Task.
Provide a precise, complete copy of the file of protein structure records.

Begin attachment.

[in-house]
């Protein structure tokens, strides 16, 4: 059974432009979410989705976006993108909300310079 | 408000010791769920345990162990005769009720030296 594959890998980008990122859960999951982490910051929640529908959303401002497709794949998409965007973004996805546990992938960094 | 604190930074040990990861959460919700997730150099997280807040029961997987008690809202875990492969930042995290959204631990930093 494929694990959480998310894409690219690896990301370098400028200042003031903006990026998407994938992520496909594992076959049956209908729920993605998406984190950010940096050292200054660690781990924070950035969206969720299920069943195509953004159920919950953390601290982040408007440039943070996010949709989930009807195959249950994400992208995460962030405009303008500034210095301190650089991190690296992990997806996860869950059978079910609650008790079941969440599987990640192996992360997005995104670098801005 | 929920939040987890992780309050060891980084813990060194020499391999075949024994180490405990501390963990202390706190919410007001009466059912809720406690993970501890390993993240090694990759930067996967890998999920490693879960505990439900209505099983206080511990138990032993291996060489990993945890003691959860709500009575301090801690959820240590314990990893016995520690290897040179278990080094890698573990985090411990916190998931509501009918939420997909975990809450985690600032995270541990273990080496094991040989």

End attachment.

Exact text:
[in-house]
């Protein structure tokens, strides 16, 4: 059974432009979410989705976006993108909300310079 | 408000010791769920345990162990005769009720030296 594959890998980008990122859960999951982490910051929640529908959303401002497709794949998409965007973004996805546990992938960094 | 604190930074040990990861959460919700997730150099997280807040029961997987008690809202875990492969930042995290959204631990930093 494929694990959480998310894409690219690896990301370098400028200042003031903006990026998407994938992520496909594992076959049956209908729920993605998406984190950010940096050292200054660690781990924070950035969206969720299920069943195509953004159920919950953390601290982040408007440039943070996010949709989930009807195959249950994400992208995460962030405009303008500034210095301190650089991190690296992990997806996860869950059978079910609650008790079941969440599987990640192996992360997005995104670098801005 | 929920939040987890992780309050060891980084813990060194020499391999075949024994180490405990501390963990202390706190919410007001009466059912809720406690993970501890390993993240090694990759930067996967890998999920490693879960505990439900209505099983206080511990138990032993291996060489990993945890003691959860709500009575301090801690959820240590314990990893016995520690290897040179278990080094890698573990985090411990916190998931509501009918939420997909975990809450985690600032995270541990273990080496094991040989």